“Ah, right!”, I said. I then launched into my usual spiel about Creative Commons licencing. I explained that she was free to use my picture. All she had to do was include a credit somewhere in her little movie.
“Well”, she said, “the thing is, getting your name in the credits usually costs at least $1,500. That’s why we need you sign the license release form I sent.”
“Wait a minute”, I said. “What is this for?”
“It’s for a movie that’s currently in production called Iron Man, starring Robert Downey Jnr.”
Holy crap! One of my photos was going to be in Iron Man? That certainly put a new spin on things.
“So I guess you want to use the picture because it’s inside NASA’s Vehicle Assembly Building?” I asked.
“No. We just thought it was a picture of some warehouse or something.”
The woman on the other end of the phone—her name was Ashley—said she could reimburse me for the use of my photo if I signed the form she sent. I thanked her, told her I didn’t need any reimbursement, and said I would print out and sign the form for her. Ashley made it clear that I would need to get the form faxed to her before the end of the day.
There was a printer in my hotel room so I set about getting it connected up to my Macbook. That’s when disaster struck. My Macbook began making the dreaded ticking time bomb noise. Within seconds, my hard drive was dead, broken, kaput. Pining for the fjords, it had shuffled off this mortal coil and was an ex hard drive.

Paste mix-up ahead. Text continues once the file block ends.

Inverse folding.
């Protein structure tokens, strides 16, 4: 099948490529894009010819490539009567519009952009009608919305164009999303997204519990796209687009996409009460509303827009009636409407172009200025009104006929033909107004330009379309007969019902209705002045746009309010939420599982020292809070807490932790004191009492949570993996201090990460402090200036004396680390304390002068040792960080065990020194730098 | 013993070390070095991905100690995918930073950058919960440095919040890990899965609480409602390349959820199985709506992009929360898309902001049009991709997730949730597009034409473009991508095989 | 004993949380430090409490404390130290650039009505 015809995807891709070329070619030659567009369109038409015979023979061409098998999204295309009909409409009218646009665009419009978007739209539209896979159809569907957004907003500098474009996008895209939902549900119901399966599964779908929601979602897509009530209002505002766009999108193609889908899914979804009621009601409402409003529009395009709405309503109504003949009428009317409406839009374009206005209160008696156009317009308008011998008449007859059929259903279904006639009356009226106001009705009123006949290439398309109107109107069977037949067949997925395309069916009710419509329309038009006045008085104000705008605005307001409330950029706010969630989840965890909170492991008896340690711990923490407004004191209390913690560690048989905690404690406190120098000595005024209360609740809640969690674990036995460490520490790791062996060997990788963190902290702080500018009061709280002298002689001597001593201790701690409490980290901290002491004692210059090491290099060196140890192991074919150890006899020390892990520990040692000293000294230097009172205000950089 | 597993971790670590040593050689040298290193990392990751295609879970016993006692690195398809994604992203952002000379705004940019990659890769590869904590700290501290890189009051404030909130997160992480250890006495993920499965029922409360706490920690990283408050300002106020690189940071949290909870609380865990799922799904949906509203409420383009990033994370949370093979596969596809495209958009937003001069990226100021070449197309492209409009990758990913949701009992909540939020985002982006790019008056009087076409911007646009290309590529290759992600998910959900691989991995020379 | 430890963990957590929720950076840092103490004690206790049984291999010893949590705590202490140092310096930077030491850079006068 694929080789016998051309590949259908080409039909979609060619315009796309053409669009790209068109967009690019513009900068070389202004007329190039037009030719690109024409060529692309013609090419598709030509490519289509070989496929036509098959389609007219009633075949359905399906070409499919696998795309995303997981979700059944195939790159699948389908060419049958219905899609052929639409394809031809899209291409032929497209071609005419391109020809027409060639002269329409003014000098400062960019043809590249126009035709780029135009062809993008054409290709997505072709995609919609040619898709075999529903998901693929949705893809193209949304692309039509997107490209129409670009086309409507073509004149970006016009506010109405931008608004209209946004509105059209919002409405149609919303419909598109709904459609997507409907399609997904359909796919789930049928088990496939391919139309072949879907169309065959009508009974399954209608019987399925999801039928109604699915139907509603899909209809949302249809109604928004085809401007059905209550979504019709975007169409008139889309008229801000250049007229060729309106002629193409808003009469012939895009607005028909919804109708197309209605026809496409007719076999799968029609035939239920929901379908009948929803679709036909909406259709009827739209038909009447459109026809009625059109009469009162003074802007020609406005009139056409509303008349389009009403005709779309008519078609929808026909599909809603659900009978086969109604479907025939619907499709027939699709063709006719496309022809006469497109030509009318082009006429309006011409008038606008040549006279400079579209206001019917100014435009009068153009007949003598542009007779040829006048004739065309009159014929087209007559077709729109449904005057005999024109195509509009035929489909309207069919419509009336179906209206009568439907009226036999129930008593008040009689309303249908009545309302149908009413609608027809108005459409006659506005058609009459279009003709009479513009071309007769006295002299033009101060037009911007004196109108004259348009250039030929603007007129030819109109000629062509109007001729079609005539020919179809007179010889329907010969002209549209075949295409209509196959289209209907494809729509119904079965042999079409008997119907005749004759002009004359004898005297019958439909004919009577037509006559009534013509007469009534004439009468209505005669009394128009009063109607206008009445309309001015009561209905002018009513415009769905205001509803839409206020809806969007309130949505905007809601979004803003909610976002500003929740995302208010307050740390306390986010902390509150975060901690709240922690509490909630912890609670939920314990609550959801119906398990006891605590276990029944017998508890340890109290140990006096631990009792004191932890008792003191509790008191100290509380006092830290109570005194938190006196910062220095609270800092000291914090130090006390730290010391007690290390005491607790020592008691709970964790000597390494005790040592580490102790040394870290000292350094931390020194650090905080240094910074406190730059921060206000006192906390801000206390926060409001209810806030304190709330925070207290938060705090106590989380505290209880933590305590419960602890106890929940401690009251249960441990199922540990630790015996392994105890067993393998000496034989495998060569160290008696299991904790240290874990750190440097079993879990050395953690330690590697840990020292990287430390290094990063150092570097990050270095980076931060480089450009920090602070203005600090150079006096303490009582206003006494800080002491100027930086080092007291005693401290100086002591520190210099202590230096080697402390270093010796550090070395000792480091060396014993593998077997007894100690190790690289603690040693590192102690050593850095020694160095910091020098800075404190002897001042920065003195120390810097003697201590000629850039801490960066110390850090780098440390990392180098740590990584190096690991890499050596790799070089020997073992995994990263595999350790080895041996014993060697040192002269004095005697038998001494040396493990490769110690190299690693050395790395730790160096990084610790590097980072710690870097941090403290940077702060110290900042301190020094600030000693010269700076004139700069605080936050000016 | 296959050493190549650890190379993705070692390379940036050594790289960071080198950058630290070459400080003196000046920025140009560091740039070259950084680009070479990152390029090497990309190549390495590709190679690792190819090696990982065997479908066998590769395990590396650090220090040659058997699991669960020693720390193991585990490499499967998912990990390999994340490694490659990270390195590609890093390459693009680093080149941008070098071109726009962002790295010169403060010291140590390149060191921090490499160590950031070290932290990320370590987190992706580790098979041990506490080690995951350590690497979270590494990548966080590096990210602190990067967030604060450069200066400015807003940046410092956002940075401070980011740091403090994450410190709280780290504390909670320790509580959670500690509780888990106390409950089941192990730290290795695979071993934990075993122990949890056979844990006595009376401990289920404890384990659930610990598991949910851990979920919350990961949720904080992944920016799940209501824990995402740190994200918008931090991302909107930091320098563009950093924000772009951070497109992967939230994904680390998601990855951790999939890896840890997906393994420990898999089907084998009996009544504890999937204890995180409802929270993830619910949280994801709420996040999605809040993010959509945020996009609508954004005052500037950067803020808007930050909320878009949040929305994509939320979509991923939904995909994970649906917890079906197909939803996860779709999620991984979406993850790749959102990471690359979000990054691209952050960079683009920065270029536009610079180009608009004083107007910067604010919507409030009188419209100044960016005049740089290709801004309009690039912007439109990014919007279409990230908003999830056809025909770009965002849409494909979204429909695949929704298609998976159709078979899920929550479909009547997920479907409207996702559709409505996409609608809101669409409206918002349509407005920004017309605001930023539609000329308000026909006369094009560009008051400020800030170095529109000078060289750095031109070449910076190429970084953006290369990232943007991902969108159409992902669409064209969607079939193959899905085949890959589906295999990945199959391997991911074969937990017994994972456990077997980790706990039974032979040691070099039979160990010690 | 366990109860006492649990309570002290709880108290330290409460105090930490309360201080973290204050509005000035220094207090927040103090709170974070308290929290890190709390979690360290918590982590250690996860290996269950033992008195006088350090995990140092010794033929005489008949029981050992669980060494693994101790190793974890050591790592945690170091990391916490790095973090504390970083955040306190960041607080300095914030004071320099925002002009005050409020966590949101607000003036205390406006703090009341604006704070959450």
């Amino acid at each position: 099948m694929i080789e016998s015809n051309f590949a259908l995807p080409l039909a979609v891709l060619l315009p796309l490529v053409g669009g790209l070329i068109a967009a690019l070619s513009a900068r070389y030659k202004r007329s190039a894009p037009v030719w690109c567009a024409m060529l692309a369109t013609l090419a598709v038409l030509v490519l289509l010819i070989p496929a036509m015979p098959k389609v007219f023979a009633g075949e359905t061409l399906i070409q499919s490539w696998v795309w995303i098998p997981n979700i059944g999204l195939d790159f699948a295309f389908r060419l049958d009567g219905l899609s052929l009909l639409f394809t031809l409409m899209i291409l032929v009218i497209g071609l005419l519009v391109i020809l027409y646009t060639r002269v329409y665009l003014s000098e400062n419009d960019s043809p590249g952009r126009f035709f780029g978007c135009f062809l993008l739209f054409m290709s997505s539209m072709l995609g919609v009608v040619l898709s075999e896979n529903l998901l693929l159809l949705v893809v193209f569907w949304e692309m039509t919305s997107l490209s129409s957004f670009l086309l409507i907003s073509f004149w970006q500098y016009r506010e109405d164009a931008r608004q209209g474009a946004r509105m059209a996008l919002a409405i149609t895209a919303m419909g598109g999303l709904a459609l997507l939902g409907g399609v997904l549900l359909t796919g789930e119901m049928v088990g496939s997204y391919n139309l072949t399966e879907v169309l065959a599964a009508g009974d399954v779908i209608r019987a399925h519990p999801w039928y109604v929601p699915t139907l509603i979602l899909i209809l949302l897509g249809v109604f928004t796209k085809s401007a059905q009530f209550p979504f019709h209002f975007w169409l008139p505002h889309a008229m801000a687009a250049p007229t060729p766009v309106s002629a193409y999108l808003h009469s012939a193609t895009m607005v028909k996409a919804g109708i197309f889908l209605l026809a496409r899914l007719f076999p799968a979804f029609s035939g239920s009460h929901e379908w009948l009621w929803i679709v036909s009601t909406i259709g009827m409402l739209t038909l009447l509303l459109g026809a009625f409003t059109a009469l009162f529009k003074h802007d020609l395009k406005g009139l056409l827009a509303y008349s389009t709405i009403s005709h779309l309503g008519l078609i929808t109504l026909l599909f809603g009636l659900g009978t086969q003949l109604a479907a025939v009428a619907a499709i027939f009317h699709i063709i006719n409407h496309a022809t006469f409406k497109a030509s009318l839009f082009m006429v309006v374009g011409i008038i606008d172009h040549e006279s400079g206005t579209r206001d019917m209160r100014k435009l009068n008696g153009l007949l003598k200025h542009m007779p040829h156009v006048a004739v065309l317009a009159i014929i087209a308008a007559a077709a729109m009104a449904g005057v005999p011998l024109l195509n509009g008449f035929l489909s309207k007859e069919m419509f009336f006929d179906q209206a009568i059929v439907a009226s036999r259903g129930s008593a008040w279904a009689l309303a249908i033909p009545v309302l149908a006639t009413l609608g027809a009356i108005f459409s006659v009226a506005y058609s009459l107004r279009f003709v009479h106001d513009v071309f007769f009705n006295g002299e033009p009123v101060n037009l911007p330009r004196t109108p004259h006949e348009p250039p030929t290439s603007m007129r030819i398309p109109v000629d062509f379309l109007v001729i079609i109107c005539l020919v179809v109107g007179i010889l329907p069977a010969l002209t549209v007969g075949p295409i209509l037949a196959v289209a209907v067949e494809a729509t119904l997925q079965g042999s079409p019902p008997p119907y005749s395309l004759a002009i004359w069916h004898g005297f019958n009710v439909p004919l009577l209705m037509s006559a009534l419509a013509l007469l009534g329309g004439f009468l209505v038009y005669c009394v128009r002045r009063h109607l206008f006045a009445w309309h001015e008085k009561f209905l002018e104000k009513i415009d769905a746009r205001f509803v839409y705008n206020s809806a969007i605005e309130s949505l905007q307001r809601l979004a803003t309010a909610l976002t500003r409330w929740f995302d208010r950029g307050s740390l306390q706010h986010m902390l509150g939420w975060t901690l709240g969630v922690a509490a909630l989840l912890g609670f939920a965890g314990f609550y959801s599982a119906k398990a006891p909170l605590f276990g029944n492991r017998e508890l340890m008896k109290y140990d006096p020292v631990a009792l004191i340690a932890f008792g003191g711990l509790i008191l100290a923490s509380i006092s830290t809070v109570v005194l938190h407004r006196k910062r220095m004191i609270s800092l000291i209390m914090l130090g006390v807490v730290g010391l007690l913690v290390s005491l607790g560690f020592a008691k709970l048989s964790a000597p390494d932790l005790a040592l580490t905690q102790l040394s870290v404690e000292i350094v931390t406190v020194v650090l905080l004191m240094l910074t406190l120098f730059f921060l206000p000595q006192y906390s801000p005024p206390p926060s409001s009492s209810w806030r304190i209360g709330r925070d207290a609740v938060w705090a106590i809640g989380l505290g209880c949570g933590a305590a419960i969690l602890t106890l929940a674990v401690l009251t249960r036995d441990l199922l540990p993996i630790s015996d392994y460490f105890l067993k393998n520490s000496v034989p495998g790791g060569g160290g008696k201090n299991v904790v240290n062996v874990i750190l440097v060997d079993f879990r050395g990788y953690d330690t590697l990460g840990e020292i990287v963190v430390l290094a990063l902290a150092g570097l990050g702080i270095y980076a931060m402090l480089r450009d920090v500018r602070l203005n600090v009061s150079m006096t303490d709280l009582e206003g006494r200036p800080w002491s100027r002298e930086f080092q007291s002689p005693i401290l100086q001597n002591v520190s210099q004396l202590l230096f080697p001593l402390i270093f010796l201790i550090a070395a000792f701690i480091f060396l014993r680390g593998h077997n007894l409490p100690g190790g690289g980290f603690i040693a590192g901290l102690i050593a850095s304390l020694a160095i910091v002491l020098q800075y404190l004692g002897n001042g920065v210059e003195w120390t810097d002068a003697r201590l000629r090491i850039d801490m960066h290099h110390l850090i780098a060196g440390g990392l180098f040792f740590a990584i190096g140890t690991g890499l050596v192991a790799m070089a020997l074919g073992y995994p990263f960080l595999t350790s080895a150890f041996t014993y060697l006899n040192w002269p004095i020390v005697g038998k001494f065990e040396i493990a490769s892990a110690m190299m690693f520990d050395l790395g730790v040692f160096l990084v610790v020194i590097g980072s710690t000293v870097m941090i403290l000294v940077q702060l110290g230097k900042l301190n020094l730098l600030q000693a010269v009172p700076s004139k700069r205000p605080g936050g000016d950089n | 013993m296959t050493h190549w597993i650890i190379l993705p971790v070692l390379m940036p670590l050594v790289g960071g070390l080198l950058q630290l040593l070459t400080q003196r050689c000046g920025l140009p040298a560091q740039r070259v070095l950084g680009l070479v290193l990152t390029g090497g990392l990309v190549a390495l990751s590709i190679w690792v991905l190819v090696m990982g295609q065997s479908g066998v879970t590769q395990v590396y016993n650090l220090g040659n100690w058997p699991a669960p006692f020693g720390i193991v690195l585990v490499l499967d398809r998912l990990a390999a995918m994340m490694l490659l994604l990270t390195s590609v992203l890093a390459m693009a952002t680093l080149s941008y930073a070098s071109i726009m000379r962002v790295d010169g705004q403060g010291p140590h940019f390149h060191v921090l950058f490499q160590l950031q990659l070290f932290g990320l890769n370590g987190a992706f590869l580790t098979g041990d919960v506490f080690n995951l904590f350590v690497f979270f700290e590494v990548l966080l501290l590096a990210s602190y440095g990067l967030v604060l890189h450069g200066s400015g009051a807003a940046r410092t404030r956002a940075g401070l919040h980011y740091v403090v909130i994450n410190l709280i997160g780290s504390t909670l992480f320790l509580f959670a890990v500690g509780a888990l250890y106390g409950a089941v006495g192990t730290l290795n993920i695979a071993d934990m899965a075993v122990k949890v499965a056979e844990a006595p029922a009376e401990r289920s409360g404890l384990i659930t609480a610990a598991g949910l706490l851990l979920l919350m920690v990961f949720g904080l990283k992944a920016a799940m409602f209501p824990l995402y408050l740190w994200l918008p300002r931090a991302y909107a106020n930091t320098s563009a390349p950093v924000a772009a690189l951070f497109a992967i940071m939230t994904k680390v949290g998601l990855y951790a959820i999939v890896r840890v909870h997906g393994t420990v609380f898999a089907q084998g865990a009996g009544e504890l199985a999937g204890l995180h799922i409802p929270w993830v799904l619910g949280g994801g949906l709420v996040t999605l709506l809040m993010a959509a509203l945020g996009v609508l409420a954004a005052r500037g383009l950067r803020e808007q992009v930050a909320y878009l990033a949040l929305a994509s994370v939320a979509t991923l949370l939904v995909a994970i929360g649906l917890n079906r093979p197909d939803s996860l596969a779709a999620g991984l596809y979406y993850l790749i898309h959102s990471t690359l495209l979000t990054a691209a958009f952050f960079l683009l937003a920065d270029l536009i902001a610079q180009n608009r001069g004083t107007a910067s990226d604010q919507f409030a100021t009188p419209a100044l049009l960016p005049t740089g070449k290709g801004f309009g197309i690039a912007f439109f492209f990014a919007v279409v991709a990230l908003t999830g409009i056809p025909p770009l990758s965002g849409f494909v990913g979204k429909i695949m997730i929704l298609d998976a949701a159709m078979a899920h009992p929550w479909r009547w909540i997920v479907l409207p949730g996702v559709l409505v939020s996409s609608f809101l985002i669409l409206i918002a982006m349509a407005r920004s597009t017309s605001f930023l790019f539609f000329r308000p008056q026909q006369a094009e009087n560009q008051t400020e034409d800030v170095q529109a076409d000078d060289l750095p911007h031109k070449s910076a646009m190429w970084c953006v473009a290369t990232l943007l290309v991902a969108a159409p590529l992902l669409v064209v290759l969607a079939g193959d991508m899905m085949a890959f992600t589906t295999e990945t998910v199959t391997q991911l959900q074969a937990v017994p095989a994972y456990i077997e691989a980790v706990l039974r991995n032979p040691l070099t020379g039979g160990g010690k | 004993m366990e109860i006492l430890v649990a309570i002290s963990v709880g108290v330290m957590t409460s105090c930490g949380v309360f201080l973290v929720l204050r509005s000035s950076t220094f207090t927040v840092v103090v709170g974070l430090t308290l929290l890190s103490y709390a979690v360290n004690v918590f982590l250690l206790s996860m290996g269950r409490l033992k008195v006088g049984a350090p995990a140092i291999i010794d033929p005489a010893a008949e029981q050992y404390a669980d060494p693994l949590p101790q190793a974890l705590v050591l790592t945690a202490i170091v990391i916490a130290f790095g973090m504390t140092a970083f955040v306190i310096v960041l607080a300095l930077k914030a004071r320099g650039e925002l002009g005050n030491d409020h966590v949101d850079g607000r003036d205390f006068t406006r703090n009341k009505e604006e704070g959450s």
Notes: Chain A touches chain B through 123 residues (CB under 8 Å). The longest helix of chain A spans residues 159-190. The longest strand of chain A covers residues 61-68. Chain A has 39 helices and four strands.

Well aware of the irony of my Apple hardware failing while I was attending a Microsoft conference, I abandoned all hope of printing out the license release form and sat in on the opening keynote. This consisted of a few words from Ray Ozzie, a quick look at IE8 and about a billion hours of Silverlight demos. That’s what it felt like anyway.
The next day, I made my way to Austin for South by Southwest. That turned out to be quite an adventure.
Once I finally made it to Austin, I settled into a comfortable routine of geeking out, having fun and generally over-indulging. As I was making my way to the conference centre one morning, my mobile phone rang. It was Ashley.
“Sorry I didn’t manage to get the form to you”, I said. “My laptop died on me. I know it’s too late now.”
“Actually, there’s still time”, she responded.
“Look”, I said. “Let’s cut out the computers completely. Can you fax the form to my hotel? I can sign it and fax it back to you straight away.”
And that’s exactly what we did.
Iron Man was released a few weeks later. I never got ‘round to seeing it in the cinema; I’m not a big fan of the whole cinema-going experience. But some time later I was travelling across the Atlantic yet again and one of the in-flight movie options was Iron Man. I fired it up, wondering if my picture had made it into the final cut and even if it had, whether I’d be able to spot it.
Three minutes into the movie, there was my photo.
It fills the screen. The camera lingers over it while performing its best Ken Burns effect. Not only was Robert Downey Jnr. photoshopped onto the picture, Jeff Bridges was on there too! The Dude!! …On my picture!!!
My Flickr pictures have been used in some pretty strange places but this must surely be the strangest …and the coolest.
Because you can never have too much cowbell.